“We’re talking about the nature of the whole construction industry, which affects public construction, private construction, not-for-profit construction and the whole economic viability of the city,” Professor Jacobs said. “So there ought to be a commitment to do what we can to purge corrupt influences out of that industry.”

Like much construction work in New York, stadium projects have some history of being infiltrated by companies whose ownership, work product or associations has drawn the attention of investigators. In the mid-1980s, for example, a plumbing company that listed John Gotti, the Gambino boss, as one of its salesmen, was hired to do work at Shea Stadium.

For the current projects, neither the city nor the baseball clubs released a list of the companies that have worked on the stadiums.

Questions about the city’s oversight of a stadium project also surfaced six years ago when the Yankees built a $71 million minor-league ballpark on Staten Island. On that job, the development corporation approved awarding the concrete contract to Interstate, though the company was then under investigation by the city.

The president of the development corporation at the time, Michael G. Carey, said there was no reason to question the company’s fitness. But city documents show the development corporation knew the city was examining accusations that the company had ties to the mob. It let the contract go forward when the company’s owner denied the allegations and told corporation officials that the inquiry was routine.

Mr. Lombino, the Economic Development Corporation’s spokesman, said the corporation carries out what it sees as its responsibilities under the law. “We go above and beyond what is required by law to ensure that construction projects are carried out safely and in a timely and cost-effective manner,” he said, adding that the effort “created thousands of jobs in neighborhoods that need them.”

David Newman, the vice president of marketing for the Mets, defended the selection of Breeze and Mr. Romano, saying that Queens Ballpark Company made the choice based on the recommendation of Hunt Bovis, which managed the construction of the new stadium and the razing of the old. It was based, he said, on their capability and resources and their ability to meet the schedule and bond the job. “The deconstruction,” he said, “was done on time, on budget and without incident or injury.”

Mr. Romano, for his part, said in an e-mail message: “It is completely untrue and totally unfair for anyone to state that I was ever connected to organized crime.” He said that the allegation was 17 years old and called it “a self-serving lie by a convicted felon.”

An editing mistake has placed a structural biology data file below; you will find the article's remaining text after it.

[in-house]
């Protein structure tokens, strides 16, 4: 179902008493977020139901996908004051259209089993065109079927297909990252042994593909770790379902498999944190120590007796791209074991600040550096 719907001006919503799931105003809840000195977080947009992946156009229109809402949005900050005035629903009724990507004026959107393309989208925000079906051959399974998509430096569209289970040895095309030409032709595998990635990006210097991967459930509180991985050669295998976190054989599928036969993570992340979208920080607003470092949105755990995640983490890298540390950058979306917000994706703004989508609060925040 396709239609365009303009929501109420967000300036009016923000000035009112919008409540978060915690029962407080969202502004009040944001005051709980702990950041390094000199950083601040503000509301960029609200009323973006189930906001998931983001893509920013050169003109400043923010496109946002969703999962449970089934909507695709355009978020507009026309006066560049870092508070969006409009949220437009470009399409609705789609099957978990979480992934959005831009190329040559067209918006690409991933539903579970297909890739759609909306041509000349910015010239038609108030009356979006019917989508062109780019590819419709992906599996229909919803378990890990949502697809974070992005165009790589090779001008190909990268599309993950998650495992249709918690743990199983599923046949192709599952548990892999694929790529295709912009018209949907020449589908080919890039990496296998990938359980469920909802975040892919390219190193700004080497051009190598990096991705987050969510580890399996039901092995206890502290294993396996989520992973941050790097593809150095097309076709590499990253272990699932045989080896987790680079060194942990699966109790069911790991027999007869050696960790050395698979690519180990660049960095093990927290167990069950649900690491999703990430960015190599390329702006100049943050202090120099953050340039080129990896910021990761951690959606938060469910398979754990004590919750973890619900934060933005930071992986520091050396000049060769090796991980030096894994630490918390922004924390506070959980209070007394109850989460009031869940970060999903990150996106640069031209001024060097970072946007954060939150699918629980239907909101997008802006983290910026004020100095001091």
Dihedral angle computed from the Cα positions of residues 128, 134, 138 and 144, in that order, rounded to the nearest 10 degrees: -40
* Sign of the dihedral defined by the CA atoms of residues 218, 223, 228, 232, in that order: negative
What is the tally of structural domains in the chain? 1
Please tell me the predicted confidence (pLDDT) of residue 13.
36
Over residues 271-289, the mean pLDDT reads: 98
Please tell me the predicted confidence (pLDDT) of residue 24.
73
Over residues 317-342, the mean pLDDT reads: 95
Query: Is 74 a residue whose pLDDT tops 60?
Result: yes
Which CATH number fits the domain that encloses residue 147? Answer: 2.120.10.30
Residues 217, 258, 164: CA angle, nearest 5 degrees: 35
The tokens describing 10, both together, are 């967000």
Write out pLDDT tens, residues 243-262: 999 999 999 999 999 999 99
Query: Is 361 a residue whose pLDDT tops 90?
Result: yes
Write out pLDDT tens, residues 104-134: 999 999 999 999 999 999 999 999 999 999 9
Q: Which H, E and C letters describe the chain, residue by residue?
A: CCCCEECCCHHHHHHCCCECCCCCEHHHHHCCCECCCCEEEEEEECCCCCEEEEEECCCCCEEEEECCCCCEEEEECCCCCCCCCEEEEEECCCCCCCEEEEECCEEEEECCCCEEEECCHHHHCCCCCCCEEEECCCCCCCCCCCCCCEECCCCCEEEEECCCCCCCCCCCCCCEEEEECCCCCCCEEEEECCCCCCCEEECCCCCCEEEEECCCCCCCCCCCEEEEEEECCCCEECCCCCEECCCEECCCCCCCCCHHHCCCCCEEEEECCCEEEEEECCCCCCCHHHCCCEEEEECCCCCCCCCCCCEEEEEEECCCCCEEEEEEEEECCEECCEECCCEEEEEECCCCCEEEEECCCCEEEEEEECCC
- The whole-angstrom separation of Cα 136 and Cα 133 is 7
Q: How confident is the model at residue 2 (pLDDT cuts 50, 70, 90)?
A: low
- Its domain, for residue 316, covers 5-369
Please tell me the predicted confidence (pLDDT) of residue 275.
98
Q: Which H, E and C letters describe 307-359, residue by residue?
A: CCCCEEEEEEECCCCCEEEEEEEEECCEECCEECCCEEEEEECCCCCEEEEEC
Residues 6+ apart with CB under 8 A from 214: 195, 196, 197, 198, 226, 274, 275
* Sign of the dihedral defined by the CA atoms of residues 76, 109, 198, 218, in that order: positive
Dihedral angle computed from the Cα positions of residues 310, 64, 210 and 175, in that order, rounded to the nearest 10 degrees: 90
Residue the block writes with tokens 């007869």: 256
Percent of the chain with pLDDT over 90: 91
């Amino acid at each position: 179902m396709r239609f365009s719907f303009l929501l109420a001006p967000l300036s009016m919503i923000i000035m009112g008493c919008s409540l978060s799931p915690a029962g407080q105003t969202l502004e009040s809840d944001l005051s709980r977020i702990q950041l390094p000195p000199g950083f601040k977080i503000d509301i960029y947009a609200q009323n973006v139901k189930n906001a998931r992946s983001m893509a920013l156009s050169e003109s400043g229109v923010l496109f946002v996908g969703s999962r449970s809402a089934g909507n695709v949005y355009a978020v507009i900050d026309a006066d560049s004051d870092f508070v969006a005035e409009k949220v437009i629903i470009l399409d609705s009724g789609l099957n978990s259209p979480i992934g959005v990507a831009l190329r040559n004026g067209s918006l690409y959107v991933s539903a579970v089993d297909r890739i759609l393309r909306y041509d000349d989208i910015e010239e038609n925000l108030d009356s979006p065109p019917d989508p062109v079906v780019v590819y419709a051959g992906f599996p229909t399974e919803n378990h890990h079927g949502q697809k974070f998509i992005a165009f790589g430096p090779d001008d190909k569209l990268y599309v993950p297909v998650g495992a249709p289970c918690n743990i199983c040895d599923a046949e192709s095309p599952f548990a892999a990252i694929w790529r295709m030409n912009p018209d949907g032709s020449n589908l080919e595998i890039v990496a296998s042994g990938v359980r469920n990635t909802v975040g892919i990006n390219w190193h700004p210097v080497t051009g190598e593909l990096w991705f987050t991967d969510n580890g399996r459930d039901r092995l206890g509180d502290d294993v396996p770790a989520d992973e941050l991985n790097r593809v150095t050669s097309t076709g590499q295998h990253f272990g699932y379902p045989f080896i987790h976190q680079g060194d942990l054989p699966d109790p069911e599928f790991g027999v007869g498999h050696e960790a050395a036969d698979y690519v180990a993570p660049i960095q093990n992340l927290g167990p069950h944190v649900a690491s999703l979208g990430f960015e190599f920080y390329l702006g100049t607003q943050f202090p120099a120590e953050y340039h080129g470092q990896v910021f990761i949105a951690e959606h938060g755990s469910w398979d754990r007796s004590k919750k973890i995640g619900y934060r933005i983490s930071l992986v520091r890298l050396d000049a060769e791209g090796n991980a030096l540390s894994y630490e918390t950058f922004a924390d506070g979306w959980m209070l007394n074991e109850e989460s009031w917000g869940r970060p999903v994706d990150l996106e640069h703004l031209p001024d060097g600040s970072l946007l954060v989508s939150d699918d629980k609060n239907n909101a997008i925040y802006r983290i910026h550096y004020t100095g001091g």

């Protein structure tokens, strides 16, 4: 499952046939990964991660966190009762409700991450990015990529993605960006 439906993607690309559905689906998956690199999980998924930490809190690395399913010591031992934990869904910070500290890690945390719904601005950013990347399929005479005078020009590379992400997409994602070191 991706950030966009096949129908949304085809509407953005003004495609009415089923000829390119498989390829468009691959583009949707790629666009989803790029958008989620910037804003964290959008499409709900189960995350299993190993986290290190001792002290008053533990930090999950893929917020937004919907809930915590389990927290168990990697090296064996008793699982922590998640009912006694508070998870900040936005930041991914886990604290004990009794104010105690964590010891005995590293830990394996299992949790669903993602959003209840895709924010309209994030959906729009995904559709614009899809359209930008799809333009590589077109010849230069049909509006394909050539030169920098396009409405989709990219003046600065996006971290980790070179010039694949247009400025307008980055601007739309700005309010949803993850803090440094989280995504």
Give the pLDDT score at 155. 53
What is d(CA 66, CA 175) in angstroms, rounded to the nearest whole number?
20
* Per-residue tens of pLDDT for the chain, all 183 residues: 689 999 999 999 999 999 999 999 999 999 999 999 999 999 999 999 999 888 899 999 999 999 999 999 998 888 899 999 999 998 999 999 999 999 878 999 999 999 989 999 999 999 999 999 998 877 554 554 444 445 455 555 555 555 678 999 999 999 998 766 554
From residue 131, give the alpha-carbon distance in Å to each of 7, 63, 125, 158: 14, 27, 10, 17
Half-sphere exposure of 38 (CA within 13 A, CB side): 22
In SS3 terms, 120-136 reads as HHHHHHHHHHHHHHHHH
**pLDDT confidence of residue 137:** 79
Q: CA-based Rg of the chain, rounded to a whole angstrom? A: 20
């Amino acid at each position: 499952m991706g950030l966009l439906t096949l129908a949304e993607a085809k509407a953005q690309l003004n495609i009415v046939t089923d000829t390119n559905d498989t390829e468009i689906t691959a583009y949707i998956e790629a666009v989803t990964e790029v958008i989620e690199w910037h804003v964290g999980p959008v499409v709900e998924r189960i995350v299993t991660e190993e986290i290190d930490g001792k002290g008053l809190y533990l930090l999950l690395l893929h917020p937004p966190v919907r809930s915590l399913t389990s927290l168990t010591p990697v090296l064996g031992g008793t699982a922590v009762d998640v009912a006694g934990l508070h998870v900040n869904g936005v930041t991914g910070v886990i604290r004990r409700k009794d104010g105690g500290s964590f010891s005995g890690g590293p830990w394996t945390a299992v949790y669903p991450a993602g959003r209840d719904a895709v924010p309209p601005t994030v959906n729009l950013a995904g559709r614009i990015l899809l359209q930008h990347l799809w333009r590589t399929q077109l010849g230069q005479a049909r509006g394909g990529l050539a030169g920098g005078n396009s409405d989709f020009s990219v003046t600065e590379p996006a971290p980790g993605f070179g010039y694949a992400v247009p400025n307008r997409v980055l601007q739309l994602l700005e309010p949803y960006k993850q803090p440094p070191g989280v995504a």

The accusation was made by Alfonse D’Arco, the former acting boss of the Luchese crime family, and was cited by city regulators in 2007 when they blocked another of Mr. Romano’s companies from a license to operate a construction trucking business in the city.

In the case of the electric company, law enforcement officials, trial testimony and F.B.I. reports say Mr. Petrocelli has had associations with members of the Genovese family dating to 1988. His lawyer could not be reached for comment. Mr. Petrocelli pleaded not guilty to the criminal charges filed this month.

Interstate’s owners have also denied the allegations that they have ties to the Gambino crime family or that they paid for Mr. Kerik’s renovations.

At Yankee Stadium, the contract was technically awarded to a company called Central Excavators. But the Yankees, Interstate and the Turner Construction Company, which built the stadium for the Yankees, have all acknowledged that Interstate performed the work.

Turner said in a statement that it selected Petrocelli and Interstate “after a competitive-bid process and based on Turner’s positive experiences working with these firms.” The statement noted that the work performed by the two companies was limited to the stadium itself, and thus no taxpayer money was used to pay them.

A spokeswoman for the Yankees, Alice McGillion, said that in an excess of caution, the company had brought in an independent construction monitor to oversee the stadium project, including the hiring of subcontractors by Turner.